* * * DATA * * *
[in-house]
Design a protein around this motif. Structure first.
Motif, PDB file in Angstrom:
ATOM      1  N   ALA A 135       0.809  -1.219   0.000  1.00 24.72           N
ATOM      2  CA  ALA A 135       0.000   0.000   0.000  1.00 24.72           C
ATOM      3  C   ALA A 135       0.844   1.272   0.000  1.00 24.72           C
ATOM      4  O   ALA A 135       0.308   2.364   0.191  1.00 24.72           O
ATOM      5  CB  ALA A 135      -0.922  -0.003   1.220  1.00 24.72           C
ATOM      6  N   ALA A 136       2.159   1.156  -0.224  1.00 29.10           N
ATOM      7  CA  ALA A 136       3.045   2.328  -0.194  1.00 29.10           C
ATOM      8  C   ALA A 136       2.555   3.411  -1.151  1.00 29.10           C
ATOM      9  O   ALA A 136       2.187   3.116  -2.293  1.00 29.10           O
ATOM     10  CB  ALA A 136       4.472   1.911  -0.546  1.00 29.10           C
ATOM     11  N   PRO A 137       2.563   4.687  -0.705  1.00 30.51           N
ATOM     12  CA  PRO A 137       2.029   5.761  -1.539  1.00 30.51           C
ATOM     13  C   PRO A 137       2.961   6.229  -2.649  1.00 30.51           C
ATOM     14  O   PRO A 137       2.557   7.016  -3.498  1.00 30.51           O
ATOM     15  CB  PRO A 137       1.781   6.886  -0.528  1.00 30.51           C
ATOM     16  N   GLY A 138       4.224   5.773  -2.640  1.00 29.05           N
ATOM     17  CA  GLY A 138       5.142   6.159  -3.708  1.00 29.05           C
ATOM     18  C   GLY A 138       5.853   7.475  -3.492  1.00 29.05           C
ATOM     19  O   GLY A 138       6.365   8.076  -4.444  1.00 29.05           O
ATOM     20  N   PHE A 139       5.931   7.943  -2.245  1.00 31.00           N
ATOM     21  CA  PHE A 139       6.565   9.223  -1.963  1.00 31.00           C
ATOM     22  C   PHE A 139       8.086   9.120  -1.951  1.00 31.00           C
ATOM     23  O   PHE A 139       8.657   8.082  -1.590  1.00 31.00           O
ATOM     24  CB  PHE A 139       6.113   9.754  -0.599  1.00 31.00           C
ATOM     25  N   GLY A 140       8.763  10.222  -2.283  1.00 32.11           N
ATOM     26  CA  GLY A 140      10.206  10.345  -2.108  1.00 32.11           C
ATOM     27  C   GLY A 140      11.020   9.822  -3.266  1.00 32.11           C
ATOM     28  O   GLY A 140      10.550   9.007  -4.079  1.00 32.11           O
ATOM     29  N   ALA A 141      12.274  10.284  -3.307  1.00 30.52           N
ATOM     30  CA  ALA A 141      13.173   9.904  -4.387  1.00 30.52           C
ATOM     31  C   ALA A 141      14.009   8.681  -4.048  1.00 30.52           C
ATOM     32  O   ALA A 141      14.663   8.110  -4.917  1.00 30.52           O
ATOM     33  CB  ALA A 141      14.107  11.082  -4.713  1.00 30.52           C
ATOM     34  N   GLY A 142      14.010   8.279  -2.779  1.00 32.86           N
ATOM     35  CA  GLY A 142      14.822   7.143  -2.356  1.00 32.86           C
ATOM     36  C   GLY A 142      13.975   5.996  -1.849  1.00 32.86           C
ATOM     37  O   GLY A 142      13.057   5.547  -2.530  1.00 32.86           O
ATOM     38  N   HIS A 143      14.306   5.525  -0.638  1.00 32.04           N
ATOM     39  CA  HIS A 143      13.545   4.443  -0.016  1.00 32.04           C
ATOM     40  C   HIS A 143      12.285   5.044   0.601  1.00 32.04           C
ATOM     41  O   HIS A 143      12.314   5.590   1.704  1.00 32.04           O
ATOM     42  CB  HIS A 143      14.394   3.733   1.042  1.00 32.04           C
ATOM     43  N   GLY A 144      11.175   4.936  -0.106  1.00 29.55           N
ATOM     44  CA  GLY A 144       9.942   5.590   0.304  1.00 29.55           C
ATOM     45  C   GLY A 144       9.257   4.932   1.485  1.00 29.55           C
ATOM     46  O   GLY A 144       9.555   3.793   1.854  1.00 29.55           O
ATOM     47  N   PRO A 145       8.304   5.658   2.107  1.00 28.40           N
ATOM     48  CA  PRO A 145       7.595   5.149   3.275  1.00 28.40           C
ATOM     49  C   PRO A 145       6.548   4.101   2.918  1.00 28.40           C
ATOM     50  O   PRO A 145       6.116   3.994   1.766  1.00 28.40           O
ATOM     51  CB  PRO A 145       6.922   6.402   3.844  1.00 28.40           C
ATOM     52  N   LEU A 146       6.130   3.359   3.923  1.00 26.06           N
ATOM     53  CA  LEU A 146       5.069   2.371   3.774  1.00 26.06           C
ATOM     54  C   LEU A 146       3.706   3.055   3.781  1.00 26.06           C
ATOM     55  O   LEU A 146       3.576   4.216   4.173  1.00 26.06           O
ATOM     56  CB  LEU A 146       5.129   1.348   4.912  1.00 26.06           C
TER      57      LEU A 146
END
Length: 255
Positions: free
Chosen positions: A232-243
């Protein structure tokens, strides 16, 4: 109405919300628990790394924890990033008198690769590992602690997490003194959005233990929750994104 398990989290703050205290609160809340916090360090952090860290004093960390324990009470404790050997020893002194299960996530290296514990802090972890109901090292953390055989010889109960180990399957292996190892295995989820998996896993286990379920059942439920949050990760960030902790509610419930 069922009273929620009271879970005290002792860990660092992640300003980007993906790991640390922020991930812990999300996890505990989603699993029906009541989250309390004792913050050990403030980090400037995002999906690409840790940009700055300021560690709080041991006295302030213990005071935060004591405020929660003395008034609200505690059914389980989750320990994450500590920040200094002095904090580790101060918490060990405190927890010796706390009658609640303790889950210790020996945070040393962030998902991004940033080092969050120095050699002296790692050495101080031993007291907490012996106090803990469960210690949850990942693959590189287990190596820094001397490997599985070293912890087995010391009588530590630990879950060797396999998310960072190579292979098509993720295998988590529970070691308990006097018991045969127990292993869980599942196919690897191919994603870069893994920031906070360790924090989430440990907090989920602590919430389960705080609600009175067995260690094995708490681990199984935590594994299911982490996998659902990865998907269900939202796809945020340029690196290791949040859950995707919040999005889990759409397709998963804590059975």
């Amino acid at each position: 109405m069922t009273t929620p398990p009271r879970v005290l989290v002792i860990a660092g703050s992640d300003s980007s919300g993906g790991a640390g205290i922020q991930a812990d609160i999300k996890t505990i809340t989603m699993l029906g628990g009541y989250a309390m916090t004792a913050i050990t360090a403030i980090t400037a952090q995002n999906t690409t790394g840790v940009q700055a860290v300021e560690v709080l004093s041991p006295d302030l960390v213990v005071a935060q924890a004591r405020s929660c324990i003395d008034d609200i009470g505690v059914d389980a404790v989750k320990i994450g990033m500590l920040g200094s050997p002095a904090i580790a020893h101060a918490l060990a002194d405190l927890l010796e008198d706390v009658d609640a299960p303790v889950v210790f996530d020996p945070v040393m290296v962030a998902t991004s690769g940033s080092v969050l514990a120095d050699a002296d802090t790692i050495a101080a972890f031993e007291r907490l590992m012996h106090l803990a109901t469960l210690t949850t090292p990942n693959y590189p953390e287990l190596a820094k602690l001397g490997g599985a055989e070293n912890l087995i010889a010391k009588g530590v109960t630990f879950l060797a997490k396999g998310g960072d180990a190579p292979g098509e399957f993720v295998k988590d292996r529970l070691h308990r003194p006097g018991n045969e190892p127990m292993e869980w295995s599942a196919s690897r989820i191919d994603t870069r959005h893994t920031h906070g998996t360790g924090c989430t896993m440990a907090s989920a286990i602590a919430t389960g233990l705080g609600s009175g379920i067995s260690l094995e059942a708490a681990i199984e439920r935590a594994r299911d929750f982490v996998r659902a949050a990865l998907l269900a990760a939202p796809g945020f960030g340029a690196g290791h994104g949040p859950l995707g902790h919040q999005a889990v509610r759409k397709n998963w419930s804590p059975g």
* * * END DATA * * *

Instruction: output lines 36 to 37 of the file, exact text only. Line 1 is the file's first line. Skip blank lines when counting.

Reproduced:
ATOM     33  CB  ALA A 141      14.107  11.082  -4.713  1.00 30.52           C
ATOM     34  N   GLY A 142      14.010   8.279  -2.779  1.00 32.86           N